Trauma Therapy

Trauma Therapy


I work with clients that have experienced trauma in their lives. Trauma Therapy is not always quick or easy, but if done safely, can help a client to feel safer and more stable,  help in processing and resolving trauma memories and feel more integrated in daily life.

Trauma is deeply disturbing event(s) that infringes upon an individual’s sense of control and may reduce their capacity to integrate the situation or circumstances into their current reality. When most people think about trauma, they tend to think about what we refer to as big "T" traumas which could be exposure to war, combat, natural disasters, physical or sexual abuse, terrorism, and catastrophic accidents.

However, a person does not have to undergo an overtly distressing event for it to affect them. An accumulation of smaller “everyday” or less pronounced events, referred to as covert abuse, can still be as traumatic. Covert abuse operates in a more concealed manner. It often presents an outward appearance that may seem non-threatening, loving, or caring. However, beneath the surface, covert abuse is controlling, dogmatic, and leaves no room for the autonomy of others. Covert abuse is often characterised by what is withheld rather than what is overtly dished out. It includes neglect, abandonment, lack of affection, lack of empathy, withholding connection, silent treatment, stonewalling, and disregarding another person’s perspective or feelings. Covert abuse involves underhanded and deceitful behaviours that the abuser employs to manipulate others without considering their input or needs.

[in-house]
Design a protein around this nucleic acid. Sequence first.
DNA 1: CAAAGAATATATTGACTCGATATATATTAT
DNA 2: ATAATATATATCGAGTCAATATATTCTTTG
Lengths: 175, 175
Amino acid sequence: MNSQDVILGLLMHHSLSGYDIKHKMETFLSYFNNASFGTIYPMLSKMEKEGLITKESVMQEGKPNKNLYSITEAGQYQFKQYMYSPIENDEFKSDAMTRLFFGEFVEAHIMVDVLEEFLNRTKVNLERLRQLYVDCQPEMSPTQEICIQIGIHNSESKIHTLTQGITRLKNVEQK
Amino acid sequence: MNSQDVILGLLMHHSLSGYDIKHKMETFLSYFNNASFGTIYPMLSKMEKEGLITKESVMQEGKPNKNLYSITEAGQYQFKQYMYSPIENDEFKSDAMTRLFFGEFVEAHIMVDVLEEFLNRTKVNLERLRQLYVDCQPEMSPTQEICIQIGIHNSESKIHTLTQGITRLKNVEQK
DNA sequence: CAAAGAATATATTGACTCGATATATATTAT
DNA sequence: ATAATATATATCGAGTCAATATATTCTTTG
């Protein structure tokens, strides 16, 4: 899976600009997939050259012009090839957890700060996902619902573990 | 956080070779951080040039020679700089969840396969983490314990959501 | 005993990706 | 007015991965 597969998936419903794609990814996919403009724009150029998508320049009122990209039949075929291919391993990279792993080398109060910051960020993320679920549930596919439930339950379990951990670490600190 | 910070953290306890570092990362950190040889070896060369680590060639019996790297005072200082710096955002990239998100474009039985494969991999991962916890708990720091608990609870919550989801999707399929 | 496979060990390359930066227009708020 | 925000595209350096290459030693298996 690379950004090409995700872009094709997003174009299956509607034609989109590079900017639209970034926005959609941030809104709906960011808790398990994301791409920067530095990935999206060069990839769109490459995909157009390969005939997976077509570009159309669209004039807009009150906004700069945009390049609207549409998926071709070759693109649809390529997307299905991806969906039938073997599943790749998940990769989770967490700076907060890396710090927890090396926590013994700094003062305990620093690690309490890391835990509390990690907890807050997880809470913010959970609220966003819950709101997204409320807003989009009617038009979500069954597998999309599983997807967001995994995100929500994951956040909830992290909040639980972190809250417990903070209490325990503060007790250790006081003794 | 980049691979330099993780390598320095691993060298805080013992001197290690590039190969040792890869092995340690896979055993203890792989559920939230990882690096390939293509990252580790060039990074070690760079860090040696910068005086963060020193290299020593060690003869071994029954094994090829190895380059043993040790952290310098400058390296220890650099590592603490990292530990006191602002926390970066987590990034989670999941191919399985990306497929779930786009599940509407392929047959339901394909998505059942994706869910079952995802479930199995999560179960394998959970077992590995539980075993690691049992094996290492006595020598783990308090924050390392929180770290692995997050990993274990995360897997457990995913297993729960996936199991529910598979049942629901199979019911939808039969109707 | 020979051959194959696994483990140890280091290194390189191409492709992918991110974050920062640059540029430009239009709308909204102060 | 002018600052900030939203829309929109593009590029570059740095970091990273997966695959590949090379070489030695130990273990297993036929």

Trauma can develop into Post Traumatic Stress Disorder (PTSD) which results (according to Babette Rothchild - a trauma specialist, trainer and author), "in large part, from loss of the ability to recognise the present as different from the past. It is primarily characterised by intrusive memories in the form of images (visual, auditory) and distressing body sensations that are reminders of overwhelming, life-and-limb threatening events. These unbidden memories can be so intense (flashbacks) that they can fool the mind and nervous system into believing that the past event is essentially happening again in the present".

Complex PTSD (C-PTSD) can develop as a result of sustained, repeated or multiple forms of traumatic events. C-PTSD can happen to anyone who has been exposed to long-term trauma, but it is more often seen in people who experienced trauma during an earlier stage of development, or were abused by someone they thought they could trust, such as a caregiver or protector. Because of this, often the impact on the nervous system around attachment or relationships becomes more deeply ingrained.


Symptoms of trauma

    • Shock, denial, or disbelief
    • Confusion and difficulty concentrating
    • Anger, irritability and mood swings
    • Anxiety and fear
    • Guilt, shame, self-blame
    • Social isolation and withdrawing from others
    • Feeling sad or hopeless
    • Feeling disconnected or numb
    • Flashbacks
    • Nightmares